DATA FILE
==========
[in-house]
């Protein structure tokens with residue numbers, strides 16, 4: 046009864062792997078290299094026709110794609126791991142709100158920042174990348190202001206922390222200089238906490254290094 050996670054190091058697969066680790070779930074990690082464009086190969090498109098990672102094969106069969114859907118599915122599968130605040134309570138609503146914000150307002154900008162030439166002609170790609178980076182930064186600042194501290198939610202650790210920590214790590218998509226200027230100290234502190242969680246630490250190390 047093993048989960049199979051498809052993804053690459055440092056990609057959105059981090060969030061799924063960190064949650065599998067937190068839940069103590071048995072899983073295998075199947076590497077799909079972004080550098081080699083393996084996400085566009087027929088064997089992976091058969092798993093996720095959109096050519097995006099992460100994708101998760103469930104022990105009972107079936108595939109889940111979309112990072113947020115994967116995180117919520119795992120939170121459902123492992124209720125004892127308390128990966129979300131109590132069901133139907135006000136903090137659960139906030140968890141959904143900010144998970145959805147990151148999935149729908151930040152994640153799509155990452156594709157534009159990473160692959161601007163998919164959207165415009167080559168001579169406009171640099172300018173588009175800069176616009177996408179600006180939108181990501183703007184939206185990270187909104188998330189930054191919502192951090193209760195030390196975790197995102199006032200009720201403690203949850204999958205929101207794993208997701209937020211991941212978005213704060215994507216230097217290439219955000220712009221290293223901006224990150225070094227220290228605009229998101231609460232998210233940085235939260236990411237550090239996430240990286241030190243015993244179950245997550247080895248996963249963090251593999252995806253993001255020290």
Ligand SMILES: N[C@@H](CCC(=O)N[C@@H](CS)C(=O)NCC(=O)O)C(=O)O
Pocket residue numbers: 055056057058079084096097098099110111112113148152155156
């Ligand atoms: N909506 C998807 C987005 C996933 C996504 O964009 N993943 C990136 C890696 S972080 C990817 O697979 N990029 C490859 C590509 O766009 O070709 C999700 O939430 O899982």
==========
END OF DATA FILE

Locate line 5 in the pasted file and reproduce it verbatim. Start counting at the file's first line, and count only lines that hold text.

């Ligand atoms: N909506 C998807 C987005 C996933 C996504 O964009 N993943 C990136 C890696 S972080 C990817 O697979 N990029 C490859 C590509 O766009 O070709 C999700 O939430 O899982």